337 reviews7 followers
June 8, 2017
Initially the book rubbed me the wrong way, complaining about gentrification and society moving past him seemed tremendously obnoxious. Then it became apparent that Madonna was in fact self-aware of this fact and made it clear that he was conscious that gentrification seems great when you are the culprit and outrageous when you are the victim. In the end I began to appreciate the book as a personal journey for the author, his drawings and writings were a way for him to process his conflicting feelings and the tale was therefore not for a wide audience but for a very specific niche. The drawings were also nice though a bit repetitive. Not for everyone but it might be helpful to a soul or two.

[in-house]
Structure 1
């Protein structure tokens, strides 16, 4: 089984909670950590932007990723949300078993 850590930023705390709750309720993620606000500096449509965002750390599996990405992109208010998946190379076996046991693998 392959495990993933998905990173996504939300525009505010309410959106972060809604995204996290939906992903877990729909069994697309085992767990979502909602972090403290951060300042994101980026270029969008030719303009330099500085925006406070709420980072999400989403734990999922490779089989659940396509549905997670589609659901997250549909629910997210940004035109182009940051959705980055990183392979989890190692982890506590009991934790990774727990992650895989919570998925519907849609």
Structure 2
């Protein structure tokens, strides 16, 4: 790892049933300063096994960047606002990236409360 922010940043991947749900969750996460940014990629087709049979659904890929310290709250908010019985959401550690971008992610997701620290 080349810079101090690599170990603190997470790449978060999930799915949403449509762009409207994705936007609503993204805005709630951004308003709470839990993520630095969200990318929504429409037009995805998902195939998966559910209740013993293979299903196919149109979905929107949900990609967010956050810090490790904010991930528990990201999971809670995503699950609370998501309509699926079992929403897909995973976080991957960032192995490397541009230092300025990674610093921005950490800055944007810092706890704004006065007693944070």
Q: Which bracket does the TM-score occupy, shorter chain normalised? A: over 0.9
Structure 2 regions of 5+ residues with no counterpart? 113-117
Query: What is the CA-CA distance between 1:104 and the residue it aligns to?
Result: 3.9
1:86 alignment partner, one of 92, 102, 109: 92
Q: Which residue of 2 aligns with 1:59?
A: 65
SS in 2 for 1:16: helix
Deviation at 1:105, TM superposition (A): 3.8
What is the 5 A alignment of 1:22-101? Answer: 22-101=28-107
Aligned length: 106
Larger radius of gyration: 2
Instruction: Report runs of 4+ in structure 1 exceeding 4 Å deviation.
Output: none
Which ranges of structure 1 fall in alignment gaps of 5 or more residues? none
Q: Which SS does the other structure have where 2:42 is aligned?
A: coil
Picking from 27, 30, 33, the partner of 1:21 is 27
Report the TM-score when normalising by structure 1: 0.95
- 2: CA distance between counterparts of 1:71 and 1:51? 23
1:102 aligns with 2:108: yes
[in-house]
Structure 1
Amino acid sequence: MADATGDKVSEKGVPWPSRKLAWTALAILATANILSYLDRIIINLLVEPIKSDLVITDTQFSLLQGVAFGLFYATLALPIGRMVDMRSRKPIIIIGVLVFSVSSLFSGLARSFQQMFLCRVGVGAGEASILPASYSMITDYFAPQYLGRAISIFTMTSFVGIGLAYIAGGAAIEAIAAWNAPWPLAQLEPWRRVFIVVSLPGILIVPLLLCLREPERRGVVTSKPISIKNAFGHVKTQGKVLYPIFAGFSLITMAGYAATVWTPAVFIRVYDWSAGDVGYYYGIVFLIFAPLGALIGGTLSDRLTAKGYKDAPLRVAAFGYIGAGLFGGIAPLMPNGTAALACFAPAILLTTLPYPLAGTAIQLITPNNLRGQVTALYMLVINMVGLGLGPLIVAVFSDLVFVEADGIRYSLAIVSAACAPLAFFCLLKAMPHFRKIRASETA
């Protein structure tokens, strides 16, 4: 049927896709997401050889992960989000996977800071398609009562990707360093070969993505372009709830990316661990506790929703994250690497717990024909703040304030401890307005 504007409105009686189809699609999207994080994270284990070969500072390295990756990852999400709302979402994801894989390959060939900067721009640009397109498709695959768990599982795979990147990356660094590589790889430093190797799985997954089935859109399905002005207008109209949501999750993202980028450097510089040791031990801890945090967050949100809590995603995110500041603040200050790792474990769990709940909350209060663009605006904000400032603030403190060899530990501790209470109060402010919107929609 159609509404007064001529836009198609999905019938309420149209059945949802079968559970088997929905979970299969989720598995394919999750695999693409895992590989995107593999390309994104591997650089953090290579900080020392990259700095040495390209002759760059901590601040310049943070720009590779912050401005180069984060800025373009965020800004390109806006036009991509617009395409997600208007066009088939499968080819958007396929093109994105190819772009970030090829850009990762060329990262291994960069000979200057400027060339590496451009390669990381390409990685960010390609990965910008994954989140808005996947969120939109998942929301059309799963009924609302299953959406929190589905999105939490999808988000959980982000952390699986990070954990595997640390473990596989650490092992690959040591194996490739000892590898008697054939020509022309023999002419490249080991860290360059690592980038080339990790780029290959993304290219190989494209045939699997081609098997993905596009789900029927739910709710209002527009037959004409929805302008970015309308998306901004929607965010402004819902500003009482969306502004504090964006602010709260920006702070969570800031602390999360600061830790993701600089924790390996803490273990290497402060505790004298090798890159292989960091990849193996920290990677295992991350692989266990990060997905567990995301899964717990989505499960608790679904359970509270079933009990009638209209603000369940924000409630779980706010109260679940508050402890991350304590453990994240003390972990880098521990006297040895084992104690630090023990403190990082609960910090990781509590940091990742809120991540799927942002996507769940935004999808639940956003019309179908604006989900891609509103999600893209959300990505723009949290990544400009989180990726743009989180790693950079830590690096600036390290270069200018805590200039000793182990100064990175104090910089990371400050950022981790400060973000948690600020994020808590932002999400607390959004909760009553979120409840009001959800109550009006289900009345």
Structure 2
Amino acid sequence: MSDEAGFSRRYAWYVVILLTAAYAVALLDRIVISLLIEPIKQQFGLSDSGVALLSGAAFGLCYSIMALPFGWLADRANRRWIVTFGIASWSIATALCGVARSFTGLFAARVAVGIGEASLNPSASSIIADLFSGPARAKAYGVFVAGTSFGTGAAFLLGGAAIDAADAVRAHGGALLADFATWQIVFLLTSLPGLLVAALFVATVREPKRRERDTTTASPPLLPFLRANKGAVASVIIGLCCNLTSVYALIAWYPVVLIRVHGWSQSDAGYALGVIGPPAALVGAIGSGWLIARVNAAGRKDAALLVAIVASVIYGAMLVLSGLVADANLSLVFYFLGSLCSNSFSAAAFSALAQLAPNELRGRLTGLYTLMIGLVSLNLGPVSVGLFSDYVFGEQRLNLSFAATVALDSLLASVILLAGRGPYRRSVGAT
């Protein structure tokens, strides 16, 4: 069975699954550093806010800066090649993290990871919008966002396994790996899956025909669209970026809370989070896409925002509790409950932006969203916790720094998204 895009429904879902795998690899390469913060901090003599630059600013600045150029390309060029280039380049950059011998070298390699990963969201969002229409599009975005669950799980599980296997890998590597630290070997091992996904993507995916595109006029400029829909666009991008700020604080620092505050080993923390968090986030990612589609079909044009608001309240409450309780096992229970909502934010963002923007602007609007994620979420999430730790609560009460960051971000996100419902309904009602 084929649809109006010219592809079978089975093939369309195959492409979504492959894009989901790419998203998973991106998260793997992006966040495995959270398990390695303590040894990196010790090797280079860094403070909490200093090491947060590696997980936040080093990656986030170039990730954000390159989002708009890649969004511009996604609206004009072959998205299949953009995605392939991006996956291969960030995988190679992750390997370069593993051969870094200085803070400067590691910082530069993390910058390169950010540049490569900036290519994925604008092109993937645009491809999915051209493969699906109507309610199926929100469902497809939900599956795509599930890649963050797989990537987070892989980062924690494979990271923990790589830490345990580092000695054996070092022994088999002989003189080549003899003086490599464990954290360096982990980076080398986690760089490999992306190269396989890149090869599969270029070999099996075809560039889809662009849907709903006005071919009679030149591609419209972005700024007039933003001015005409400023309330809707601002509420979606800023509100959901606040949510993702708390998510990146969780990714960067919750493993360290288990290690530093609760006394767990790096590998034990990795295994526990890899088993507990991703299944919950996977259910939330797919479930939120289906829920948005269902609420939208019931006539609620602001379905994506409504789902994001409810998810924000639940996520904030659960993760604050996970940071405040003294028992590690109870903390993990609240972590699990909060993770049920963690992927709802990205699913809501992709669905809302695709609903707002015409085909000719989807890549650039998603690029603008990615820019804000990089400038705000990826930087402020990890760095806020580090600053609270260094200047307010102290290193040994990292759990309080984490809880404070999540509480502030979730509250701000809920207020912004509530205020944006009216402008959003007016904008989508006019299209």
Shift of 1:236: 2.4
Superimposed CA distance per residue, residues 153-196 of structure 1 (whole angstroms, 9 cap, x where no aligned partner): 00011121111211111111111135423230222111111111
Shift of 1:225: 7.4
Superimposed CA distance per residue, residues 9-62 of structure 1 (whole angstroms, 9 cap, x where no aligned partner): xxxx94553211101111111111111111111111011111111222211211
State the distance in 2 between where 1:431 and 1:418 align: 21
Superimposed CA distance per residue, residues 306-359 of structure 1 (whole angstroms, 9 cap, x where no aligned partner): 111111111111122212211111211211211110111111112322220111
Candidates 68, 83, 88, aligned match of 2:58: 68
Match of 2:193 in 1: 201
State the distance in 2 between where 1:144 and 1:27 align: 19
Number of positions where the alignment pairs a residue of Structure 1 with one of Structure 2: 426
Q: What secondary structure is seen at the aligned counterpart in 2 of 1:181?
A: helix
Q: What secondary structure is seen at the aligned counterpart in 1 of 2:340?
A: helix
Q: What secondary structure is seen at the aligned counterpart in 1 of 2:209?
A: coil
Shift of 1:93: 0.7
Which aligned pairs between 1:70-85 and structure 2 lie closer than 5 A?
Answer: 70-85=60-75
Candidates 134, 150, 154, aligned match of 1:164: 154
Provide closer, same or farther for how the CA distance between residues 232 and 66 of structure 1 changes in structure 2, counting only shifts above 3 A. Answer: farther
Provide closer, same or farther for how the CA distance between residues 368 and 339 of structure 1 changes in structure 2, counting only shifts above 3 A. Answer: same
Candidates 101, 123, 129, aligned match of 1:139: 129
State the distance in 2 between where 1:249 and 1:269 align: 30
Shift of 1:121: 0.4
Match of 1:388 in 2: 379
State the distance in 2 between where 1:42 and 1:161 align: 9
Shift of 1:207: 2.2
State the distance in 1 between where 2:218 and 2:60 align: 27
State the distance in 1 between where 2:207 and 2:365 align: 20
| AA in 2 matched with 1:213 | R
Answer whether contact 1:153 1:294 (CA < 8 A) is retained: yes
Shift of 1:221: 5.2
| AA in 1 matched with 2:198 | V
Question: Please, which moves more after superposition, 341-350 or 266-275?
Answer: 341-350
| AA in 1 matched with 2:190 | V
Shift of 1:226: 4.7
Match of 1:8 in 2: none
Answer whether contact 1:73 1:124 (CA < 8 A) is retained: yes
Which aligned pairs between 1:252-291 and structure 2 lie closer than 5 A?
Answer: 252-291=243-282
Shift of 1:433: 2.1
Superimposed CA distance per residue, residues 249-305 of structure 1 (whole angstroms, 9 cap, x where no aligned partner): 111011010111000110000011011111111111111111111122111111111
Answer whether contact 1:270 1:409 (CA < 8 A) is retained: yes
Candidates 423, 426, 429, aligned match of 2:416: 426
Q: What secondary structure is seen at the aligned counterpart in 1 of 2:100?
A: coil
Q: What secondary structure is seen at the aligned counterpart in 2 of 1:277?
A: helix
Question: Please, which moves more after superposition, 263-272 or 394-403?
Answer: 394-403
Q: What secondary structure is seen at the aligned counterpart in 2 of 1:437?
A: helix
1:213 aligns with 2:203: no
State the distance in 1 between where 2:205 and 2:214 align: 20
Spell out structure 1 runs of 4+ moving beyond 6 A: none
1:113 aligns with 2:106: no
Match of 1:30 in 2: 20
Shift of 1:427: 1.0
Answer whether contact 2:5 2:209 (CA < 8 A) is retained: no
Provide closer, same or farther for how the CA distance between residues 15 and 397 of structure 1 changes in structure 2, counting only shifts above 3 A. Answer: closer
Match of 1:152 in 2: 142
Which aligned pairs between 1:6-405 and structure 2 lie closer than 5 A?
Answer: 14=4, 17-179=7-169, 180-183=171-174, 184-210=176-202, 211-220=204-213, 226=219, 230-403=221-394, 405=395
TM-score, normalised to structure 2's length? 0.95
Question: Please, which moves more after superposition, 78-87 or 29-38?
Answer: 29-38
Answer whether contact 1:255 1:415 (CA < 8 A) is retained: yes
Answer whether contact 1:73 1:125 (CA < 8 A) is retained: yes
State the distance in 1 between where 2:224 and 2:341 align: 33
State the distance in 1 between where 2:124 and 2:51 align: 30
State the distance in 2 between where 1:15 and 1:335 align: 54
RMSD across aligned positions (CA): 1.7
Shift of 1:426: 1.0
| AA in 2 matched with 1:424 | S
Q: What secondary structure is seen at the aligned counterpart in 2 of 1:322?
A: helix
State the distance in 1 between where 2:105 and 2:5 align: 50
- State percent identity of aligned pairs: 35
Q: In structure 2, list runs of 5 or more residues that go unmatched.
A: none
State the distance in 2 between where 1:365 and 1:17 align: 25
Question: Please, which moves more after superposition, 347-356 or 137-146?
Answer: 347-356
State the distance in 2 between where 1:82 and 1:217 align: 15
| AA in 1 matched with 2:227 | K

Profile Image for Maryann Kandlik.
37 reviews8 followers
March 22, 2017
Once again a Paul Madonna book arrived just when I needed it. Very funny take on the dilemma of life in California and why those of us who have lived there refuse to be beaten by it, and choose to return or remain. The illustrations as always are beautiful.
Profile Image for Grace Goodman.
13 reviews
April 11, 2017
As always Paul Madonna knows just what to do with his creativity. So relatable yet so touching, this book is one of his best works. If you have't pick it up, you are doing yourself a disservice.
Displaying 1 - 22 of 22 reviews